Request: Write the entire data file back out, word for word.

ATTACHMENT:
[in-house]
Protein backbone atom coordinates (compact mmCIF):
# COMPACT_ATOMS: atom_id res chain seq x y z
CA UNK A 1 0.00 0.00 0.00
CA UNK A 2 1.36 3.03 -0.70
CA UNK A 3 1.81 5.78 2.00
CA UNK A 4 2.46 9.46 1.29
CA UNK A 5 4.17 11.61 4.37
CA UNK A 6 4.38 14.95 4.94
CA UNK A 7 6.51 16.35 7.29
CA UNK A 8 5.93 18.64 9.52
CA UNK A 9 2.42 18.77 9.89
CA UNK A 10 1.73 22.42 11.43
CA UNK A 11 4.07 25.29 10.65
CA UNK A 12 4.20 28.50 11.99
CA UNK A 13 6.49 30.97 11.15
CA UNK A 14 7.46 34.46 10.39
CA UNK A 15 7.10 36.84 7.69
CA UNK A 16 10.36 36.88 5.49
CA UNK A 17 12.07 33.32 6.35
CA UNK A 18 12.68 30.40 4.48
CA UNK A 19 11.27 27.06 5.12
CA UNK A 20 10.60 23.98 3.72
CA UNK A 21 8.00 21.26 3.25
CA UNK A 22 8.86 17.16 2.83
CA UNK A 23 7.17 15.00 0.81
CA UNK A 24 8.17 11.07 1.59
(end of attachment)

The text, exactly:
[in-house]
Protein backbone atom coordinates (compact mmCIF):
# COMPACT_ATOMS: atom_id res chain seq x y z
CA UNK A 1 0.00 0.00 0.00
CA UNK A 2 1.36 3.03 -0.70
CA UNK A 3 1.81 5.78 2.00
CA UNK A 4 2.46 9.46 1.29
CA UNK A 5 4.17 11.61 4.37
CA UNK A 6 4.38 14.95 4.94
CA UNK A 7 6.51 16.35 7.29
CA UNK A 8 5.93 18.64 9.52
CA UNK A 9 2.42 18.77 9.89
CA UNK A 10 1.73 22.42 11.43
CA UNK A 11 4.07 25.29 10.65
CA UNK A 12 4.20 28.50 11.99
CA UNK A 13 6.49 30.97 11.15
CA UNK A 14 7.46 34.46 10.39
CA UNK A 15 7.10 36.84 7.69
CA UNK A 16 10.36 36.88 5.49
CA UNK A 17 12.07 33.32 6.35
CA UNK A 18 12.68 30.40 4.48
CA UNK A 19 11.27 27.06 5.12
CA UNK A 20 10.60 23.98 3.72
CA UNK A 21 8.00 21.26 3.25
CA UNK A 22 8.86 17.16 2.83
CA UNK A 23 7.17 15.00 0.81
CA UNK A 24 8.17 11.07 1.59